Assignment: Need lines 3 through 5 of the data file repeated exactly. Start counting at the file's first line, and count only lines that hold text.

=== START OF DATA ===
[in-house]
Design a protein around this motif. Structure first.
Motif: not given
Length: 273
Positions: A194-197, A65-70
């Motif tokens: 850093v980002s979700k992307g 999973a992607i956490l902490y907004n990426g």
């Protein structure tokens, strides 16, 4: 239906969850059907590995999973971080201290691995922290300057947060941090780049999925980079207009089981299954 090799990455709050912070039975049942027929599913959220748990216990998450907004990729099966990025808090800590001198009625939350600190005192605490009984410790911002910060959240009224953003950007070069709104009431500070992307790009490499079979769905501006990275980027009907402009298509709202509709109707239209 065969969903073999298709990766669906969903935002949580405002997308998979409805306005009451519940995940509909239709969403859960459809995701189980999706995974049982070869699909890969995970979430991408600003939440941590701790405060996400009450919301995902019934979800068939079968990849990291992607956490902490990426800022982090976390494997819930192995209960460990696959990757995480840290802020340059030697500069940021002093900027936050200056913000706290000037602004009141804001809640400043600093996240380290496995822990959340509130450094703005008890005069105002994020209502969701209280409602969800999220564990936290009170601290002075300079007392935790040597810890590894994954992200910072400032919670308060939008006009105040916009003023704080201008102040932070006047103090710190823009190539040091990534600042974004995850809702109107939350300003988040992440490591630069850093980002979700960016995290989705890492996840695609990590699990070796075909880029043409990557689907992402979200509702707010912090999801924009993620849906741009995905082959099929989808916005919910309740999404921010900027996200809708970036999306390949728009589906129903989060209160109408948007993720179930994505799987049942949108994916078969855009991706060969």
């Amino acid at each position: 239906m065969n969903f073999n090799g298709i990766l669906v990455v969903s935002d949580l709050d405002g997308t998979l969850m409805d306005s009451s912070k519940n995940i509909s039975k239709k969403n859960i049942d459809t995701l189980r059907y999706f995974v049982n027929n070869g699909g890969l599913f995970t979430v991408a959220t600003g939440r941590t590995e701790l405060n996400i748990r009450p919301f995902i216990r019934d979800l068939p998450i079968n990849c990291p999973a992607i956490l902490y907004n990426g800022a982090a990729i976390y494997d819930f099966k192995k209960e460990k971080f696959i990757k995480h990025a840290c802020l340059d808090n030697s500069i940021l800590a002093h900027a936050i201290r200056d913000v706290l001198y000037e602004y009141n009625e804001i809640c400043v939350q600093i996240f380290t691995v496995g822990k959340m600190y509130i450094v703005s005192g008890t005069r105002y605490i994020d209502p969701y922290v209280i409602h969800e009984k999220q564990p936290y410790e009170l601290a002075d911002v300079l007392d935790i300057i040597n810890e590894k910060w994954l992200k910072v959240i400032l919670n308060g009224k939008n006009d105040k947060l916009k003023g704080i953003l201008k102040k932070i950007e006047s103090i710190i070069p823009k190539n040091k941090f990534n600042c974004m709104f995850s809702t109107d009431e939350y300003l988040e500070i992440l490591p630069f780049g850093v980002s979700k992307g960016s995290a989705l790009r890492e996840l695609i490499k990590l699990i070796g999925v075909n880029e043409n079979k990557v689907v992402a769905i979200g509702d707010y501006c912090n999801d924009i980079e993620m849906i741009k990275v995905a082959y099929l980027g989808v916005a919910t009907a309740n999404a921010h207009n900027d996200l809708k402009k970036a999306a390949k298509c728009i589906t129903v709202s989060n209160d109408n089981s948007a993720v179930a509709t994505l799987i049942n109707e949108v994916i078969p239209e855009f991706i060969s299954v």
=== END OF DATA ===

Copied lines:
Motif: not given
Length: 273
Positions: A194-197, A65-70